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Age discrimination and employment

Wise, worldly and working

For the first time in history, there are five generations of Australians participating in the workforce at once, and whilst it’s widely acknowledged that Australia has an aging population, what is less commonly appreciated is the pressure for older Australian’s to remain in the workforce.

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Part 3: Older workers and discrimination on termination of employment

End of the line

At the end of the employee lifecycle, older employees often face ageism where they are perceived to be coming to the “end of the line” and are “ready for retirement” or forced to retire in order to bring in “young blood.”

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Part 2: Age discrimination and technology in the workplace

Just Google it

In the modern day workplace, employers are becoming increasingly reliant on computer systems and introducing new forms of technology and equipment to increase productivity and output. It is often therefore a requirement that employees be proficient in certain computer programs or, at least, that they undergo training to become proficient.

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Part 1: Video “Snaplications” and the potential for age discrimination in recruitment

Selfie time

We’ve all heard of “blind” recruiting, particularly in the early phases of the recruitment process, but what about the opposite? Actively recruiting based on a visual medium? Look no further than the “Snaplication.”

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Can employers legally dismiss an employee for “taking a knee”?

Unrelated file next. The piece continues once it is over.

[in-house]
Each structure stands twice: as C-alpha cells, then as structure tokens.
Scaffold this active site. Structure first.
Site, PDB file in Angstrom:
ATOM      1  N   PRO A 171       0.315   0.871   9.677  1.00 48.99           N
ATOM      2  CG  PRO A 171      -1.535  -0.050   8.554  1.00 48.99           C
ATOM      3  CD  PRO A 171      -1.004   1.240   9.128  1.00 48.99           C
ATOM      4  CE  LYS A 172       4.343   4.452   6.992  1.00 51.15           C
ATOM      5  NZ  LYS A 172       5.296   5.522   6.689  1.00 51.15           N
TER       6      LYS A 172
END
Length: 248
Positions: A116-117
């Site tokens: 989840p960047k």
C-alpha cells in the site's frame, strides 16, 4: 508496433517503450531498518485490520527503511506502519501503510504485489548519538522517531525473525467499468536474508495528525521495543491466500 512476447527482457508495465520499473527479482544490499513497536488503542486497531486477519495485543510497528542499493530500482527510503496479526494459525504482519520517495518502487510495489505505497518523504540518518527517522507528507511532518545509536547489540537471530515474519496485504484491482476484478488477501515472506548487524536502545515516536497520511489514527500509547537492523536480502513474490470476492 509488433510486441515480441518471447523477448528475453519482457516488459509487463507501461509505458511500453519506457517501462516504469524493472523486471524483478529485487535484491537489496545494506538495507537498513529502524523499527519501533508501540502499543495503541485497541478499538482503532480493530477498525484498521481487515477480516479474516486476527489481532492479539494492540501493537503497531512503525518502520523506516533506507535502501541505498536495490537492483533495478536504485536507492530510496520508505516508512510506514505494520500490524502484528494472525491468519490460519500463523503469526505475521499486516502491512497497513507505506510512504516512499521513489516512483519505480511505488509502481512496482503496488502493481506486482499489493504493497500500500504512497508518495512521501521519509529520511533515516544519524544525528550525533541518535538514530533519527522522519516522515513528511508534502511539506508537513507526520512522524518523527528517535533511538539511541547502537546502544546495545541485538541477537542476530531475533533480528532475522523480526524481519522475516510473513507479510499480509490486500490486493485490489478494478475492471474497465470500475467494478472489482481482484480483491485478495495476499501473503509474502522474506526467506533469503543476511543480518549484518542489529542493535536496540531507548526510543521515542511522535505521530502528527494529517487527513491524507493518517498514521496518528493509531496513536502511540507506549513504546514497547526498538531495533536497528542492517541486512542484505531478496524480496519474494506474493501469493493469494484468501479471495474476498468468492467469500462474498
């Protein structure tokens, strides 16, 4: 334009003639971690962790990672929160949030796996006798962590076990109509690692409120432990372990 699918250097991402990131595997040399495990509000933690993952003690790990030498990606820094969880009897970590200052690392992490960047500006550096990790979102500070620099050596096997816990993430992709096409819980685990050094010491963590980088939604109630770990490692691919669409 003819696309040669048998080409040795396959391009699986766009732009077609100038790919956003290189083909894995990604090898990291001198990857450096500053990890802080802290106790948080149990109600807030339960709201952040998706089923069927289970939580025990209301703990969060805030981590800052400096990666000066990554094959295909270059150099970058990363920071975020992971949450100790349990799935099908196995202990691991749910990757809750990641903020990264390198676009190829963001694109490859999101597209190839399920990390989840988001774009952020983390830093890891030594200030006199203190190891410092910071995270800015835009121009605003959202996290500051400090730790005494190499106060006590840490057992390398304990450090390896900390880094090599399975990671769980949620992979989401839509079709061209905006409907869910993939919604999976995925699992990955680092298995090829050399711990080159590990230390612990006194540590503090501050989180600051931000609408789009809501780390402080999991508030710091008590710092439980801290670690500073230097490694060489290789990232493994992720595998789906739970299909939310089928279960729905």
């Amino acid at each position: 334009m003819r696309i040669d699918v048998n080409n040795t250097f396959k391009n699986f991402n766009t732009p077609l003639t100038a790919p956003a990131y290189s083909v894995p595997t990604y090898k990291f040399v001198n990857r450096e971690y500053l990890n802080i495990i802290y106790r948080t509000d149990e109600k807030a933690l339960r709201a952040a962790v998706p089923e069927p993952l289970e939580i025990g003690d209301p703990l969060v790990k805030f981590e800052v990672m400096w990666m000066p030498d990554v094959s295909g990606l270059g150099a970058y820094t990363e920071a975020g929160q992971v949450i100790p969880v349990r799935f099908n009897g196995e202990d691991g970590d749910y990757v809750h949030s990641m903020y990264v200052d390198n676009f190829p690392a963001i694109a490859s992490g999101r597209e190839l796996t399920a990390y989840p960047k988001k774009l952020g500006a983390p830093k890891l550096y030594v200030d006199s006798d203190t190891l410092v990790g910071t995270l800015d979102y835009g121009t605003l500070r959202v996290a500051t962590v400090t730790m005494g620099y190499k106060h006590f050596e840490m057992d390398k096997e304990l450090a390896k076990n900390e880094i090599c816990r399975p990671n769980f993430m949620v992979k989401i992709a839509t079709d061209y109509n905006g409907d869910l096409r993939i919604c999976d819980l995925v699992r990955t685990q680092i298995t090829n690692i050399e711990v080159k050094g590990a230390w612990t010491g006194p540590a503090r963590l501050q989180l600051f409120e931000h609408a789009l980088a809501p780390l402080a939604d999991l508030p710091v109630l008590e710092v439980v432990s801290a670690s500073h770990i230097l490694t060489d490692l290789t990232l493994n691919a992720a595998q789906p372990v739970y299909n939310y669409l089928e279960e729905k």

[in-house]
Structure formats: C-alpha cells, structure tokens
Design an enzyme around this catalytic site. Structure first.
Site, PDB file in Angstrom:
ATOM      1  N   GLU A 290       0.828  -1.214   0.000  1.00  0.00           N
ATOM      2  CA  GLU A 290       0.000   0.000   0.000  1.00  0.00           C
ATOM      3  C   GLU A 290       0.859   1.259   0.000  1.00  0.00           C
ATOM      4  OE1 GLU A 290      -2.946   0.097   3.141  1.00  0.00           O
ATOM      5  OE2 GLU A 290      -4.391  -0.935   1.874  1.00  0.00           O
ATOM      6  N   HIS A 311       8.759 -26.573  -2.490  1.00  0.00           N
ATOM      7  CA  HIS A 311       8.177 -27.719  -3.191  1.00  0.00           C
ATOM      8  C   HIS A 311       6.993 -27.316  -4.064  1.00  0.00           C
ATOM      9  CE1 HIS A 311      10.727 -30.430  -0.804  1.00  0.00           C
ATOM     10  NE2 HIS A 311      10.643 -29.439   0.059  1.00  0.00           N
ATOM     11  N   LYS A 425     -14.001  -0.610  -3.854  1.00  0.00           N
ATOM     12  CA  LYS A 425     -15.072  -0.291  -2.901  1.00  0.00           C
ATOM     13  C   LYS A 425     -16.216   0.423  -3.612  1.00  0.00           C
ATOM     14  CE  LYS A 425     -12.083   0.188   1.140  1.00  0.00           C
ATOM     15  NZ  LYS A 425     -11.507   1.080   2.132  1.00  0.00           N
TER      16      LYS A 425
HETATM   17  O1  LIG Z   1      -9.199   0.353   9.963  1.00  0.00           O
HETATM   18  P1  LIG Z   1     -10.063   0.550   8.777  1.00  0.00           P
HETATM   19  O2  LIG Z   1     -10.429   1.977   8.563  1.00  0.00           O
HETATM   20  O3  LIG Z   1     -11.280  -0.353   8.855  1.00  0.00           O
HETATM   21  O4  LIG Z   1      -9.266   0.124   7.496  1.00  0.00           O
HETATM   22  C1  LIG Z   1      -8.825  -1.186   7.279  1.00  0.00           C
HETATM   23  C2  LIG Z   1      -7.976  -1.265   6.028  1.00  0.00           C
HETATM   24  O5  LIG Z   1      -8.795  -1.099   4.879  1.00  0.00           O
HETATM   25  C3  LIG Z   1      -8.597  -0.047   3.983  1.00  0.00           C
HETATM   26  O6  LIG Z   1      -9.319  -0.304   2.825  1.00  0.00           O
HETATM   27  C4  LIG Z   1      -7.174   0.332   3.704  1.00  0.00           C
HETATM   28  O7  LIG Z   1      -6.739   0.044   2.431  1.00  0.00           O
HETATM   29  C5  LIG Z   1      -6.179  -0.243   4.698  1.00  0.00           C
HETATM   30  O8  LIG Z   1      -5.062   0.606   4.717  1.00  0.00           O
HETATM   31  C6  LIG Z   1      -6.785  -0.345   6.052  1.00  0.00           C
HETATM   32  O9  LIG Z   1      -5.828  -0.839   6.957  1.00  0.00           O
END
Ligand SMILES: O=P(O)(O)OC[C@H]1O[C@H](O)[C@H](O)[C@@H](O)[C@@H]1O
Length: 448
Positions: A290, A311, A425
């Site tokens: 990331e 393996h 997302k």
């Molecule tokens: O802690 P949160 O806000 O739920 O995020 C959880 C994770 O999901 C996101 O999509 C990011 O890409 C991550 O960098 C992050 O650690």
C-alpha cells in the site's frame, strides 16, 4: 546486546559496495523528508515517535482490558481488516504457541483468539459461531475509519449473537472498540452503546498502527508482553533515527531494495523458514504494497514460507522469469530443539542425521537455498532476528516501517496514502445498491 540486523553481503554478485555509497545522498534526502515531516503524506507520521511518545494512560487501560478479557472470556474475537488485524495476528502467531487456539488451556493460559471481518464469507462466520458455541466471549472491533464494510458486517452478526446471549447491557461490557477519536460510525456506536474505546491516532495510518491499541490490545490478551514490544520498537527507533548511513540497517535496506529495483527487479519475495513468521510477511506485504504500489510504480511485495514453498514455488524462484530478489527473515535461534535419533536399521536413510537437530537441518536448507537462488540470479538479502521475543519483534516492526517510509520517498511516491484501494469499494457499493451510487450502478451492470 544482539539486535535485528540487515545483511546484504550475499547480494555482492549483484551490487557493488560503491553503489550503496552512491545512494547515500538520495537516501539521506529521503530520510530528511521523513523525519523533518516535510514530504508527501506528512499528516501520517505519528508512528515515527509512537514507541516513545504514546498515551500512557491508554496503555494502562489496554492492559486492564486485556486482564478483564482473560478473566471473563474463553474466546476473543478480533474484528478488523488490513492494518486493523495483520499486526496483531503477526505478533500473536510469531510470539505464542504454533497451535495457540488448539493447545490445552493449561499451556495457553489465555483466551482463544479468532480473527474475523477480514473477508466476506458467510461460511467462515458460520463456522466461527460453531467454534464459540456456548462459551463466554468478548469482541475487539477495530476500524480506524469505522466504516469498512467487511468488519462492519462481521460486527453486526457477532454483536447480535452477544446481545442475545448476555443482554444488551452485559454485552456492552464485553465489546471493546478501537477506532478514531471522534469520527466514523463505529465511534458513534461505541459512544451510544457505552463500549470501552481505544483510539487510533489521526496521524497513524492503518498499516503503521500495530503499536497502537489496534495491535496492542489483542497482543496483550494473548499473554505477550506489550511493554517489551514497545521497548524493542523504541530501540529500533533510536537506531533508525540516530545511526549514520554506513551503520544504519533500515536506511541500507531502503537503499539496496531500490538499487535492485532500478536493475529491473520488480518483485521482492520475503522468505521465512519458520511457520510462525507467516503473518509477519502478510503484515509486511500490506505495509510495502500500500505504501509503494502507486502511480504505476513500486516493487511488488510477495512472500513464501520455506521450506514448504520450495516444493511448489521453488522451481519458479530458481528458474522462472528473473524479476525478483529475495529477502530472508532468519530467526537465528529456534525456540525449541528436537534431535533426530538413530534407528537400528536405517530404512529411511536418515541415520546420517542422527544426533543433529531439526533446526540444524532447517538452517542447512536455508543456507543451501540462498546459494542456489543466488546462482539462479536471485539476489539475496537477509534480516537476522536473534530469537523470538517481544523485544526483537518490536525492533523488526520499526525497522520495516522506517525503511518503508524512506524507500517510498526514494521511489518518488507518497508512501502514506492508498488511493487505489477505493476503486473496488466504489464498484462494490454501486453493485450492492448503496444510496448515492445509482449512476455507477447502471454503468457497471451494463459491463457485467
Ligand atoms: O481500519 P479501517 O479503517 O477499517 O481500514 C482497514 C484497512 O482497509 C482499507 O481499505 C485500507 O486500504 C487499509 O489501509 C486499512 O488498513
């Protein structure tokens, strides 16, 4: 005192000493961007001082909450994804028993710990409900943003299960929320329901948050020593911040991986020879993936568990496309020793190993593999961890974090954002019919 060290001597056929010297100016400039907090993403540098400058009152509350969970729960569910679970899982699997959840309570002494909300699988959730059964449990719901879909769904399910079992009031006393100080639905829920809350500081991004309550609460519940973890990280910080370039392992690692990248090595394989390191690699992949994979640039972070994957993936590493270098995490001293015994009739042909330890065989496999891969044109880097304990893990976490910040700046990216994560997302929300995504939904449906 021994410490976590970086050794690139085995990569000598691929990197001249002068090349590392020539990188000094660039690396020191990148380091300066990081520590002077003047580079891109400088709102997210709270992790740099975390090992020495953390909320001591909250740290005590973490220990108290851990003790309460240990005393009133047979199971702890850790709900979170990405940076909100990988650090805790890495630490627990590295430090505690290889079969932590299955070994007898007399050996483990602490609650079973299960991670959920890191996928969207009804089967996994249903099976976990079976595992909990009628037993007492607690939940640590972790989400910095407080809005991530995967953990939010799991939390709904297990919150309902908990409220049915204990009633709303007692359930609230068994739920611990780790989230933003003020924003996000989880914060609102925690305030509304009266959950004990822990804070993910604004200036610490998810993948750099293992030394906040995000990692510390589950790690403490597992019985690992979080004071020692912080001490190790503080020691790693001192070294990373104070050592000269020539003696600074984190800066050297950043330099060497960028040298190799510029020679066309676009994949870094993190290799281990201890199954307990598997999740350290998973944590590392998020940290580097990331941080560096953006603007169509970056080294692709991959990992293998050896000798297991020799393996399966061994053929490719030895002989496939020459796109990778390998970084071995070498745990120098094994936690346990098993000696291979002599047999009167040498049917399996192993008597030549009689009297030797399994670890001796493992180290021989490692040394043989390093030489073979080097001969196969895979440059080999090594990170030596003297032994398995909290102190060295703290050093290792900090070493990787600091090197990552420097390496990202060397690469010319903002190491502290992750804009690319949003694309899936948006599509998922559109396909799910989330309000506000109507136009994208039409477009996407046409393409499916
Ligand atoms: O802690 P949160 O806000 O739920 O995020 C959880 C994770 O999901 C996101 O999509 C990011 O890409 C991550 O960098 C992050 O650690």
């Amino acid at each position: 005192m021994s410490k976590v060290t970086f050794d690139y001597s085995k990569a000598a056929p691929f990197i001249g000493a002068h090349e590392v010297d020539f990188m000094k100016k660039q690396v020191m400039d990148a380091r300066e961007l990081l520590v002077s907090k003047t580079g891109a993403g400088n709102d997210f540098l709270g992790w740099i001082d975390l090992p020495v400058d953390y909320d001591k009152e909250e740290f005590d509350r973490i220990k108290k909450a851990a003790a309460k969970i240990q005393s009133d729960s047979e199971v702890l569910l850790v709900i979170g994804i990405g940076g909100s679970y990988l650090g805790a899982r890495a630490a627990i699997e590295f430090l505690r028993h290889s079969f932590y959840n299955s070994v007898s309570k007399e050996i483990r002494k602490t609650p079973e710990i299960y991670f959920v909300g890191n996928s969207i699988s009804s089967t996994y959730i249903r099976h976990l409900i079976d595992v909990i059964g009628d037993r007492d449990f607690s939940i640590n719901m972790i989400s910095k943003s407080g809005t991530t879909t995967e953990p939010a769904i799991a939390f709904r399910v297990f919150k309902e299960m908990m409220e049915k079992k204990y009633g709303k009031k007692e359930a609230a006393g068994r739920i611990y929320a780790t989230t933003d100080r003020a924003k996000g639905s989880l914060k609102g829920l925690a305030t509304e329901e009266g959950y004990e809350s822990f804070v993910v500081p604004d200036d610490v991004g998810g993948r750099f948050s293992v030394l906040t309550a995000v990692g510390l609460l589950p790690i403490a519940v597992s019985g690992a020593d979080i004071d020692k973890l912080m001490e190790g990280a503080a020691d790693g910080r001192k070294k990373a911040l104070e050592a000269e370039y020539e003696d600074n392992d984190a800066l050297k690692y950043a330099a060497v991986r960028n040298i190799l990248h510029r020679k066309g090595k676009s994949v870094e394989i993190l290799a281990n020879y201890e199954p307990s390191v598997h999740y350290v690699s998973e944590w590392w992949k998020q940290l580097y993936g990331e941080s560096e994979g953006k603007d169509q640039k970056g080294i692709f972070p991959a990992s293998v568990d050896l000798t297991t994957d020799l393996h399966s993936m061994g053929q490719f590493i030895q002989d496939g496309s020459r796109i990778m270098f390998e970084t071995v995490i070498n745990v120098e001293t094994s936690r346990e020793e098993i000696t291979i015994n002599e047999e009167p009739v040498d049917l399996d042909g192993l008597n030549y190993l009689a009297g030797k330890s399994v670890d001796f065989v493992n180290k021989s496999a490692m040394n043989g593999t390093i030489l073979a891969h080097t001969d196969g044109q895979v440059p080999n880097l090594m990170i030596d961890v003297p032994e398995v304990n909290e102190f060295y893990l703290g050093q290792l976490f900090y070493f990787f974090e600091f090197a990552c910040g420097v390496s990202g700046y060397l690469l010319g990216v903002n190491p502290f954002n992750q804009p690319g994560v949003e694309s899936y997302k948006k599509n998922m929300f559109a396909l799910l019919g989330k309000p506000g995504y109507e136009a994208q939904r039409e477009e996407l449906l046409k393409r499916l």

#TakeAKnee

The world has been following the NFL with keen interest these past few weeks after President Trump called on NFL owners to fire players who refused to stand for the US national anthem and flag before a game – raising interesting questions for us sports-loving employment lawyers.

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FWC says unacceptable comment in the workplace didn’t warrant dismissal

Crime and Punishment

Managing workplace behaviour is a balancing act for employers and HR. Some workplace policies provide examples of unacceptable behaviour and how to deal with it, but these policies cannot hope to address all types of behaviour or prescribe every appropriate redress. Employers need to exercise some judgment when they become aware of inappropriate behaviour and consider carefully whether an employee’s conduct will warrant disciplinary action and, if so, what type.

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The value of pre-employment medical examinations

All PEMs should be specifically tailored, as different jobs have different requirements

Organisations have obligations to ensure the health and safety of their employees. One way for organisations to manage the risks is by making use of pre-employment medicals (PEMs).

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Ethnic slurs in the workplace

That’s my pejorative

All employers should be aware that discrimination in the workplace on the basis of a “protected attribute” is unlawful. For example, Australia’s anti-discrimination legislation provides that it is unlawful to discriminate on the basis of “race.”